But then things changed.

The summer of my 16th year, I spent a week at a Christian summer camp and came back home a born-again Christian. The very night I returned, before my bags were unpacked or my new Adventure New Testament was cracked, I opened my bottom desk drawer, removed three years of well-used Christmas pornography and dumped it in the trash. I didn’t even take a final peek.

With one swift act, I replaced my father’s humanistic view of lust for a moralistic, evangelical view. Lust, I now understood, was in itself a sin.

Years later I would abandon this faith, but at the time nothing mattered more. I spent much of that fall in Bible studies and acoustic-guitar-led worship services. I also spent hours around the family dinner table or on the back deck trying to explain to my parents this new-found passion for Jesus and urging them to join me.

“You don’t understand, Dad. He took our sins upon himself.”

“Owen, my father is a minister. I’ve heard this before.”

“This is different. I’m not talking about religion. I’m talking about Jesus.”

Robert Heinlein once wrote, “Each generation thinks it invented sex.” I was never under that delusion. But I did believe I had discovered God. I thought I was wrestling with concepts my dad had never pondered and it was my duty to guide him to the truth. I put my parents through laborious conversations and countless clumsy metaphors, trying to get them to see what I saw so clearly. They were patient, nodding at my testimonials and refilling their wine glasses, but they were not to be moved.

Christmas was approaching. My first Christmas as a Christian. And I knew (I knew so very much) that pornography, lust and sex before marriage were sins. Poison for my soul. I also believed I had the most important gift to give. I believed I had discovered the secret to knowing God and I wanted my dad to know Him too.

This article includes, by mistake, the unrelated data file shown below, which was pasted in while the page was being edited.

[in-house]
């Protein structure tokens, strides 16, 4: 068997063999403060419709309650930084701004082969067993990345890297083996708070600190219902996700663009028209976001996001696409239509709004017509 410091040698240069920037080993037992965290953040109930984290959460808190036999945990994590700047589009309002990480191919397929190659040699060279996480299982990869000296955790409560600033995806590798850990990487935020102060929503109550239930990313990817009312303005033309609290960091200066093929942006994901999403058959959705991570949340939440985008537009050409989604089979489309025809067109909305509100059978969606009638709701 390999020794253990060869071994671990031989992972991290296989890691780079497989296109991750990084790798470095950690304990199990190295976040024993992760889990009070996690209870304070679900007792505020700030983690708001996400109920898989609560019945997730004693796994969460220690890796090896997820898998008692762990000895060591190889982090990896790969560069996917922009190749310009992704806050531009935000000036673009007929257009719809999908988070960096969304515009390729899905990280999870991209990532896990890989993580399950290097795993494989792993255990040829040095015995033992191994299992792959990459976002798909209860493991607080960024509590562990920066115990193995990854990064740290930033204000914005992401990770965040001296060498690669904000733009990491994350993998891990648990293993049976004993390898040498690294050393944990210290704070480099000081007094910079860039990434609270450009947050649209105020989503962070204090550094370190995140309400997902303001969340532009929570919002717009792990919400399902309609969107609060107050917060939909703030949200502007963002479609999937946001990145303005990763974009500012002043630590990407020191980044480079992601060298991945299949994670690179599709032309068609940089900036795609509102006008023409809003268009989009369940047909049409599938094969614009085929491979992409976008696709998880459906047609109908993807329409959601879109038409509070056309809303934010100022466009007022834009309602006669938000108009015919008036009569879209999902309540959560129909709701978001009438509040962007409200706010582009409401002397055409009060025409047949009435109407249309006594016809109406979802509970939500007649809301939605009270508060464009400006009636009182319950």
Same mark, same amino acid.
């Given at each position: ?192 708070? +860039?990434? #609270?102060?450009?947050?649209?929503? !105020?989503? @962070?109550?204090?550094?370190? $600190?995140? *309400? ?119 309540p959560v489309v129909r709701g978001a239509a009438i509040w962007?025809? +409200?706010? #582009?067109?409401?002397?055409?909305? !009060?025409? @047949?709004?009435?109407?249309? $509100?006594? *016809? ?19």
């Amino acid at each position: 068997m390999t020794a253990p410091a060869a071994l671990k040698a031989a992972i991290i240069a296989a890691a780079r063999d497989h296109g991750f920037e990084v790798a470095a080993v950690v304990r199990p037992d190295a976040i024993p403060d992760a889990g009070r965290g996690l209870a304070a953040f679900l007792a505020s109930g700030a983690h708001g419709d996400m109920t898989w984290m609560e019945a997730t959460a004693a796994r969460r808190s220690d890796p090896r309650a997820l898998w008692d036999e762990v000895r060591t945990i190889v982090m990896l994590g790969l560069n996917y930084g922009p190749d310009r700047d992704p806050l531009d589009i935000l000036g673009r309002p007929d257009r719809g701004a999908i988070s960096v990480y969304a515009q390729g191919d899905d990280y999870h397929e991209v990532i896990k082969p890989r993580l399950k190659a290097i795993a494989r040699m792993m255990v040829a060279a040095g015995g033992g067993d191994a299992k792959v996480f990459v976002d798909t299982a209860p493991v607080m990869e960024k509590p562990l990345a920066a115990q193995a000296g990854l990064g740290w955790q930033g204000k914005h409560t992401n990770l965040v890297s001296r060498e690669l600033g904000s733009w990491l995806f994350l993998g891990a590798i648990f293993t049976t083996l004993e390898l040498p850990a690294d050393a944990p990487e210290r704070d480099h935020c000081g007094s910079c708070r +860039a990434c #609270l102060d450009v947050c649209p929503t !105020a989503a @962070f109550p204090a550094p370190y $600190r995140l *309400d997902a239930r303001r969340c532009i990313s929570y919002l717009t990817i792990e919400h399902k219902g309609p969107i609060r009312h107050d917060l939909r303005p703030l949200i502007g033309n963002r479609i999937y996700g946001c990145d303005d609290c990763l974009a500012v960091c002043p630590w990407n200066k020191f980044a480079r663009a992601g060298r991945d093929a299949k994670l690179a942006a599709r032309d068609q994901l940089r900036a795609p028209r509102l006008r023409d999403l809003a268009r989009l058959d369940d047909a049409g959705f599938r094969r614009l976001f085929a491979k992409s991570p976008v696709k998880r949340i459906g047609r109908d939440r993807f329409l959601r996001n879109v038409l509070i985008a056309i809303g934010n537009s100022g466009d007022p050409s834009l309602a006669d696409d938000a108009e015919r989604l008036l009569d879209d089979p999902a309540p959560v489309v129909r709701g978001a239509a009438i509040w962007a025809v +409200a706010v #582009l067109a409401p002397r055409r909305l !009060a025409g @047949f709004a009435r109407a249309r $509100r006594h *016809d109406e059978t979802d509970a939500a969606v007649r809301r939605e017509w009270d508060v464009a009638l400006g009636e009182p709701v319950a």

I came downstairs early that Christmas morning and I could see, sticking out of the stockings, the traditional magazines. My siblings dove in. I opened my stocking and placed my Penthouse (I was older now) to the side, unopened. I did it as inconspicuously as I could -- but a 16-year-old not devouring the naked images offered to him is about as inconspicuous as a clown screaming. It’s eerie and wrong.

What did I give my father that year? A Bible verse. I cut out a section of brown paper bag and wrote out the opening verses of 1 John in heavy black script.

“We proclaim to you what we have seen and heard, so that you also may have fellowship with us. And our fellowship is with the Father and with his Son, Jesus Christ. We write this to make our joy complete.”

I rolled it up and tied it with string. It was an unintentional mirror of the glossy rolled gift from my stocking. How strange it must have been to see his son embracing with vigor the very religion he had rejected? How strange for me, too. That necessary and off-putting feeling all children eventually feel: the sensation that we are judging our parents by living lifestyles other than theirs.

We sat in our living room on that Christmas morning, he with the scroll of verses and me with an unopened Penthouse, both feeling his gift had not been appreciated, both sure the other just didn’t get it, both believing the other was drifting down a path that led to something like damnation and wanting more than anything to rescue them. I was trying to save my dad and he was trying to save me. And neither of us knew how.

By Owen Egerton

Screenwriter and novelist Owen Egerton is the author of "The Book of Harold, the Illegitimate Son of God" and "Everyone Says That at the End of the World." His short story collection, "How Best To Avoid Dying," will be released February 2014 from Soft Skull Press. He also performs with the Alamo Drafthouse's award-winning Master Pancake Theater.